by Erin Doane
Burlesque shows were a popular form of entertainment during the late 19th and early 20th centuries. Today, people may think of burlesque as a glorified striptease but the shows were different in the early days. Drawing from vaudeville theater, American burlesque shows included a variety of short skits and performances, comedians, and music, as well as, attractive young women. Many of the burlesques playing in Elmira theaters from the 1890s through the 1920s were even meant for the whole family.
A burlesque was originally a literary work or theatrical performance that would satirize or lampoon another more serious work for comic effect. Shakespearian and classical dramas were commonly parodied. Burlesque shows became popular in Victorian England beginning in the 1840s and quickly spread to the United States. The shows included short theatrical scenes that could be absurd and crudely humorous, comic skits, and dancing girls. By the end of the 1800s, the English were losing interest in burlesque but Americans were still fans. Nudity, sexually suggestive dialogue, exotic dancing, and quick-witted humor were becoming distinct features of American burlesque shows by the 1890s. Many shows became more risqué through the early 20th century until burlesque became almost synonymous with striptease by the 1930s.
While these racier, cruder burlesque shows likely played in Elmira theaters, the shows advertised in the local newspapers tread a fine line between naughty and family-friendly. In 1899, Sam T. Jack’s Own Burlesque Co. played at the Globe Theatre in Elmira. Ads for the show promised “mostly girls” and “truly a great show Tobascoed with spicy decency.” The three day run of the show broke house records. A review in the Star-Gazette praised the ladies of the show as being “young, vigorous and in goodly numbers” and wrote “of the men’s chorus – but who wishes to know much, if anything, about the men’s chorus? – it’s there, so let it go at that.” Despite the blatant focus on the “shapely maidens,” the reviewer pointed out that it was the type of show that elevated the standard of burlesque from the cheaper class of vaudeville houses to theaters that the more refined class of show goers would attend.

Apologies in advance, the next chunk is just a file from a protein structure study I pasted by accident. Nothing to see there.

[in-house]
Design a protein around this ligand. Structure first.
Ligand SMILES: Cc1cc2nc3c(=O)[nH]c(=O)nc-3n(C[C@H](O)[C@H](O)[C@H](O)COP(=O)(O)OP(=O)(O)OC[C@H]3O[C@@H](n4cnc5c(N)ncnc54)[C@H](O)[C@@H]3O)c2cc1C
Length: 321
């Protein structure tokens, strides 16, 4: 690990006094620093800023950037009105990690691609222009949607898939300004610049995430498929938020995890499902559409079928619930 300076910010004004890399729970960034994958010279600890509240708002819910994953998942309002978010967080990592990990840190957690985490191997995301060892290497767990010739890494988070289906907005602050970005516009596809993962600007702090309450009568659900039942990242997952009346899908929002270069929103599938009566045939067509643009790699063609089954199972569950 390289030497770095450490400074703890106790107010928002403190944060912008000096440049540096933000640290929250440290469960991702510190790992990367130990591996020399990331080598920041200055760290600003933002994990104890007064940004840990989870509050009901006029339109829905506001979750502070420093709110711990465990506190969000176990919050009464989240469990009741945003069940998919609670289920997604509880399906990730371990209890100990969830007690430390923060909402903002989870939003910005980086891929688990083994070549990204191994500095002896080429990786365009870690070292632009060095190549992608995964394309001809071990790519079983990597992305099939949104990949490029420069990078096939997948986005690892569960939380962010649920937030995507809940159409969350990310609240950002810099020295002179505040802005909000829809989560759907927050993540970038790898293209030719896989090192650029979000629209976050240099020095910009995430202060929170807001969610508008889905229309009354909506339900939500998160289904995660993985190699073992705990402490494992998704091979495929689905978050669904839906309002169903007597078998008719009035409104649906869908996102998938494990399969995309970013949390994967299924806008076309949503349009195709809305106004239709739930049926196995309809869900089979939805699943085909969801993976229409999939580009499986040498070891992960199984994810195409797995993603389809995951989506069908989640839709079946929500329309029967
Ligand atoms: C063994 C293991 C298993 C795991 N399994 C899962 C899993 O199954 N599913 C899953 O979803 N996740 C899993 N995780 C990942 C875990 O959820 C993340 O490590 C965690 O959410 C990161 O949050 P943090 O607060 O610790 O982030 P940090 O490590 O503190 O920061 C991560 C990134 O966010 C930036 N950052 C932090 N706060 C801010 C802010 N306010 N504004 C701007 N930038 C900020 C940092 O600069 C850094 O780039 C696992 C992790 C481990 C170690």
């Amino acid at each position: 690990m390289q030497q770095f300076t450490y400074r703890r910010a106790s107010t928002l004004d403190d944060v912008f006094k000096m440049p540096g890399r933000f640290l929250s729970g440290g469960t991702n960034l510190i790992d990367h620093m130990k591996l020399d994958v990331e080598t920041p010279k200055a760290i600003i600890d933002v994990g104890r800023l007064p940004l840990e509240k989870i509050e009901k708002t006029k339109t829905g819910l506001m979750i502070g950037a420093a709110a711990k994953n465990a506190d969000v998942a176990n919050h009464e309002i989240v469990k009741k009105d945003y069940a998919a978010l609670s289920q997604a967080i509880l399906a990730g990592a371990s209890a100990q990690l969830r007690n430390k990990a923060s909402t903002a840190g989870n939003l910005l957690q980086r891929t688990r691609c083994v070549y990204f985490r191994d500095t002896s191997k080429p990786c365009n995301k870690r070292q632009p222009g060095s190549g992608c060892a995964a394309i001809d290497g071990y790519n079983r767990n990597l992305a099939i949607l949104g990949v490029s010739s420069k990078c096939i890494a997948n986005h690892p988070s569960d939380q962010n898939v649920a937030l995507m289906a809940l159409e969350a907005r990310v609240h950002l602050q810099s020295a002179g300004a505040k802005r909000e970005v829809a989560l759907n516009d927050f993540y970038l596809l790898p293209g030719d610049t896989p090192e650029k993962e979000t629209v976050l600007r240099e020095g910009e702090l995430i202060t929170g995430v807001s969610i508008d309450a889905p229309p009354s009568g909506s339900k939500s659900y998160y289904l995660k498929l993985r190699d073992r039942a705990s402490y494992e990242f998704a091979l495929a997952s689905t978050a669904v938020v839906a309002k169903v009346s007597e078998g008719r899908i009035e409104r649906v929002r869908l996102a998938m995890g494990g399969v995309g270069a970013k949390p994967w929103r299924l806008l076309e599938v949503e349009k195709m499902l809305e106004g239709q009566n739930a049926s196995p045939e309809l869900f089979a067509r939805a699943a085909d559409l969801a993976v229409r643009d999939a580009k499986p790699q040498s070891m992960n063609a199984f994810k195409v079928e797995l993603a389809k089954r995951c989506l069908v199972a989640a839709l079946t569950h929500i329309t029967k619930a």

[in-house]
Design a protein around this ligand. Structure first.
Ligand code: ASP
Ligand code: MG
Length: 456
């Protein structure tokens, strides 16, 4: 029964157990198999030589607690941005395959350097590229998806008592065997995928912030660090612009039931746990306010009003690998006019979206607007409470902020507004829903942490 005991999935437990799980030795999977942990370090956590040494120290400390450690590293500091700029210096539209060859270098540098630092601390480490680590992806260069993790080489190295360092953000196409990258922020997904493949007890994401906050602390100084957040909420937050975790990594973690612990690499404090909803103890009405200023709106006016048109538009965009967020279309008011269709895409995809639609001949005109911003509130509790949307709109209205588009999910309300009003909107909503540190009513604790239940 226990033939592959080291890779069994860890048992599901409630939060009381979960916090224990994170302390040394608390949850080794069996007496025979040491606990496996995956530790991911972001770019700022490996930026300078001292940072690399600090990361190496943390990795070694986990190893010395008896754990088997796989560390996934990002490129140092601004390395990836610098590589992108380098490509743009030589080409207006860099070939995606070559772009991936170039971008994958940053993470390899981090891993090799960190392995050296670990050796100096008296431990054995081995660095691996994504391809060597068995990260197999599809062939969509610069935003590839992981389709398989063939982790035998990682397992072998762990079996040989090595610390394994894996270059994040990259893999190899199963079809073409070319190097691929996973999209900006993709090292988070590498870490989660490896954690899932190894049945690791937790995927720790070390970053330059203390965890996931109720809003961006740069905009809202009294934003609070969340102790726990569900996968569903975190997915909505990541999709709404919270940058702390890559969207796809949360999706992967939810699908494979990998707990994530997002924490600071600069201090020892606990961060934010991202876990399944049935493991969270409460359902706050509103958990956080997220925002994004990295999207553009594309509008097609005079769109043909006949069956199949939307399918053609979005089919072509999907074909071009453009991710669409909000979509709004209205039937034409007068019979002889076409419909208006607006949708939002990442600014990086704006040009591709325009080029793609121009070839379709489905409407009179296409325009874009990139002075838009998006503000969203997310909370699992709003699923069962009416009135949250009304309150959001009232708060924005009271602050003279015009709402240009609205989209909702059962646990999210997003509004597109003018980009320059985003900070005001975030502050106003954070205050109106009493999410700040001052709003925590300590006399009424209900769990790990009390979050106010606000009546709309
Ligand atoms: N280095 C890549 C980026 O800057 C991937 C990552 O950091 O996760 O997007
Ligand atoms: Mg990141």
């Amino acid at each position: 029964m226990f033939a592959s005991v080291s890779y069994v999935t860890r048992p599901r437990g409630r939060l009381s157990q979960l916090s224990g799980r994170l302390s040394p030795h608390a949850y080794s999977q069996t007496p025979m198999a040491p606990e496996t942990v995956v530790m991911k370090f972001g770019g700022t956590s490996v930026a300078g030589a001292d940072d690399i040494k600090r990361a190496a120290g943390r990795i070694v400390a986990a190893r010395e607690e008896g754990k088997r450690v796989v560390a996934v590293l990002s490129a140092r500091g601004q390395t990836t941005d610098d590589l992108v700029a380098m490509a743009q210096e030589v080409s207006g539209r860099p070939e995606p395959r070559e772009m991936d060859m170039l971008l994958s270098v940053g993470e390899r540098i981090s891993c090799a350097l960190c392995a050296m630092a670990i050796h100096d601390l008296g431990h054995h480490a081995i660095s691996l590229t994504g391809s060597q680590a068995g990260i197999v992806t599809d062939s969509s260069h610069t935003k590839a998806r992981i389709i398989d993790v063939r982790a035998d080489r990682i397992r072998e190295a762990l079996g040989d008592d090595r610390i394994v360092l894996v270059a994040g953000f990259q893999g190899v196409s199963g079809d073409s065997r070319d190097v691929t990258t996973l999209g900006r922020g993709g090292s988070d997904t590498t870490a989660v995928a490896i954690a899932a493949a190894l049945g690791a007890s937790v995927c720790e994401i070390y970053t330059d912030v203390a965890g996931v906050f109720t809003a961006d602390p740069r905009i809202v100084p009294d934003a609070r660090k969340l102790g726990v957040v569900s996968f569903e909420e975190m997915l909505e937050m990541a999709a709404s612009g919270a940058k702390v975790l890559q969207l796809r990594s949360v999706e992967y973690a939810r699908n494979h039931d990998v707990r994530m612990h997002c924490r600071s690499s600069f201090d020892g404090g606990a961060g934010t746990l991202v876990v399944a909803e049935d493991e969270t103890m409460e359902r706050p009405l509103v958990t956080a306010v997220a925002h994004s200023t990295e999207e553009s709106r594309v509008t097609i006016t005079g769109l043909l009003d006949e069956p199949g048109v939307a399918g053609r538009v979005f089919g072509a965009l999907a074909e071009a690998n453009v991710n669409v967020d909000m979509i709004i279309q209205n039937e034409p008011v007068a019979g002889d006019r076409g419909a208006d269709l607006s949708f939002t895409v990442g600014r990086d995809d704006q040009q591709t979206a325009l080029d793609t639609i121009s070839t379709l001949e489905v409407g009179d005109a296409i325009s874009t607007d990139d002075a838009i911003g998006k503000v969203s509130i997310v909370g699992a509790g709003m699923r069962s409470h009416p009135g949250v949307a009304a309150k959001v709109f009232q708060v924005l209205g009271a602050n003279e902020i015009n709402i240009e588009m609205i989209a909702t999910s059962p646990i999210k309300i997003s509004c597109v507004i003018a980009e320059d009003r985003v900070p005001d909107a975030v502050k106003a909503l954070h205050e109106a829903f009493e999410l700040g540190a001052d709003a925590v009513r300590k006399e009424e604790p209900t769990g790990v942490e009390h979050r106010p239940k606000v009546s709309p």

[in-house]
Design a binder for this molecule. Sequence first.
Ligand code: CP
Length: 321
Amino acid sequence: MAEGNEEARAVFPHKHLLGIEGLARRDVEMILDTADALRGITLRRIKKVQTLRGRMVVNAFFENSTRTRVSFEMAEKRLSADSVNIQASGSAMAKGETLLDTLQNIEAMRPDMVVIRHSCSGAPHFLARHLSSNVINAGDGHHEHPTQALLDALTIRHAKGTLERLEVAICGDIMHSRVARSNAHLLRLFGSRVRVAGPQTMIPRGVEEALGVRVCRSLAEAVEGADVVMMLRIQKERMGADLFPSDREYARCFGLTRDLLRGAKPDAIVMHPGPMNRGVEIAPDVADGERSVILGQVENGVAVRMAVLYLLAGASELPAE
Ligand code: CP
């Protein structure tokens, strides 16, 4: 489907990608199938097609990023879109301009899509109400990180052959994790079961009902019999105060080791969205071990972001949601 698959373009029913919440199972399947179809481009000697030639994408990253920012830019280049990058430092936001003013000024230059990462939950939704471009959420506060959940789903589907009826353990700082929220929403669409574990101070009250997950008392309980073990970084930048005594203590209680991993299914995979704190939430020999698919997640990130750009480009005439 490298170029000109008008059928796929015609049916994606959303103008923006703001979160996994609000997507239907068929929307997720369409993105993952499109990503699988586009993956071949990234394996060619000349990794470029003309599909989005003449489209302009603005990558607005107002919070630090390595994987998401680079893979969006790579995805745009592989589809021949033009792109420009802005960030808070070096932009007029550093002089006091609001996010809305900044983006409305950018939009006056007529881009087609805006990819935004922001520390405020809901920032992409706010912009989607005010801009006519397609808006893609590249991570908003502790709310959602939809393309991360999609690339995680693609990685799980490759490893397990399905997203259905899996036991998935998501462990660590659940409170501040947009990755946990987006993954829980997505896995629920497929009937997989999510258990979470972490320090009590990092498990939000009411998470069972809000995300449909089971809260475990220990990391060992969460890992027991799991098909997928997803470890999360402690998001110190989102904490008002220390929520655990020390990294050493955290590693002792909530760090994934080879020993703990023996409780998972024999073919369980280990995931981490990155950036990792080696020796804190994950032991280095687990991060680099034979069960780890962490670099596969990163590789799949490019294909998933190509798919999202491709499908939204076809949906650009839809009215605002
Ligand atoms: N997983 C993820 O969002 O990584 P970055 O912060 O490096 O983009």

By the 1910s, burlesque shows seemed to have fallen out of favor in Elmira. In 1914, the manager of the Lyceum Theater announced that the Reis Circuit Company of New York City had been contracted to perform high-class burlesque shows at the playhouse in August. The shows were to be produced by talented musical comedy companies catering to both ladies and children with clean, up-to-date, attractive performances. Tickets to daily matinee performances cost just 25 cents (roughly $6 today) while evening show tickets ranged from 25 cents to 75 cents (about $18). Unfortunately, people were just not interested in the shows. The theater had barely covered its expenses because of the exceedingly small attendance. By October of that year, it was announced that there would be no more burlesque at the Lyceum.
I found no report on the actual quality of the shows at the Lyceum but other poorly reviewed shows may have turned the public off to further attendance and made them the stuff of open ridicule. In 1913, the Elmira Telegram ran a scathing review of the “Merry Burlesquers” show at the Colonial Theater. The entertainingly acerbic article criticized the age of the chorus girls, lamenting that it was a difficult to see the elderly matrons so scantily clad at their time of life, and called the show’s leading woman the “largest in captivity.” In closing, the reviewer wrote, “a number of our married men were present at both performances without their wives. However, there were no wrecked homes in Elmira because of the ‘Merry Burlesquers’ and all wives should be pleased to have the troupe play here again.”
The Lyceum brought burlesque back to its stage in 1916 to fairly good reviews but the shows were discontinued again in 1921 because they once more proved to be unprofitable. In 1923, the Lyceum joined the Columbia wheel, one of the major burlesque circuits in the northeast. The Columbia Amusement Company organized refined burlesque shows that were not smutty or crude but still featured pretty girls. The Lyceum hosted a regular weekly series of Columbia Burlesques through 1925.
Burlesque shows in Elmira received mixed reviews through the early 1920s. Mediocre shows were said to still have good attendance but critics were lukewarm, at best, in their appraisals. “Big Jamboree” was considered “okay but could be better” and “Hippity Hop” was declared not “the worst burlesque that has visited Elmira.” At some shows, children in the gallery would throw pennies at the actors on stage or cause other disruptions for their own amusement. By the late 1920s, Elmira theaters hosted few, if any, burlesque shows. Audiences found entertainment in other forms such as plays, musical theater, and movies. In January 1930, Elmirans could go to the Colonial Theater to watch “The Broadway Hoofer,” a movie about the romance of life behind the curtain of a traveling burlesque show.
Erin Doane is the Curator at the Chemung County Historical Society. To see more of their blog, go to http://chemungcountyhistoricalsociety.blogspot.com